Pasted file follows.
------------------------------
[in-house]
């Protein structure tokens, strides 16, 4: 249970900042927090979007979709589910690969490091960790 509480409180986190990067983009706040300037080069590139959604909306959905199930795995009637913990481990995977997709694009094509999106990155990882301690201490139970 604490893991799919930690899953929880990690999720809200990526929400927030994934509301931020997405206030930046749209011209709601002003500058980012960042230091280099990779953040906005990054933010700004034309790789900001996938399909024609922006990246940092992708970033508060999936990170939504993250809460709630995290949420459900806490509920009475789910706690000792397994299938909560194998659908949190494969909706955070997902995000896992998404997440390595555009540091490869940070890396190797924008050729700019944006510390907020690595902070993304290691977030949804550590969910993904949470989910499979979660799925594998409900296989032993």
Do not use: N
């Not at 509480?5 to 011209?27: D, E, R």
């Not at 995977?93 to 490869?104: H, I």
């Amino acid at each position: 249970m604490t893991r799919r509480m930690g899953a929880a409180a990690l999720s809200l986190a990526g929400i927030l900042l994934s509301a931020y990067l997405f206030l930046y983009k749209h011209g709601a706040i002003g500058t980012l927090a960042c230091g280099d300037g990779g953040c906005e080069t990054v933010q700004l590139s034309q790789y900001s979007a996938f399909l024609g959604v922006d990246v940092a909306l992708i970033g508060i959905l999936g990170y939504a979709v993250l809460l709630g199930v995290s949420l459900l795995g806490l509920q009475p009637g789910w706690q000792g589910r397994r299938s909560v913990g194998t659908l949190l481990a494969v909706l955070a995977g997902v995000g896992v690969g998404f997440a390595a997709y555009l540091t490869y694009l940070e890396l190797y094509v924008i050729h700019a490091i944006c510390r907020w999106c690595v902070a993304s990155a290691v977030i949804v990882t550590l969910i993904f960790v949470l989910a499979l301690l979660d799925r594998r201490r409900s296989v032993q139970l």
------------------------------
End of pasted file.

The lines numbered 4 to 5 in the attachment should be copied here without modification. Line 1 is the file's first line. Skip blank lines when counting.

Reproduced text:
């Not at 509480?5 to 011209?27: D, E, R």
């Not at 995977?93 to 490869?104: H, I």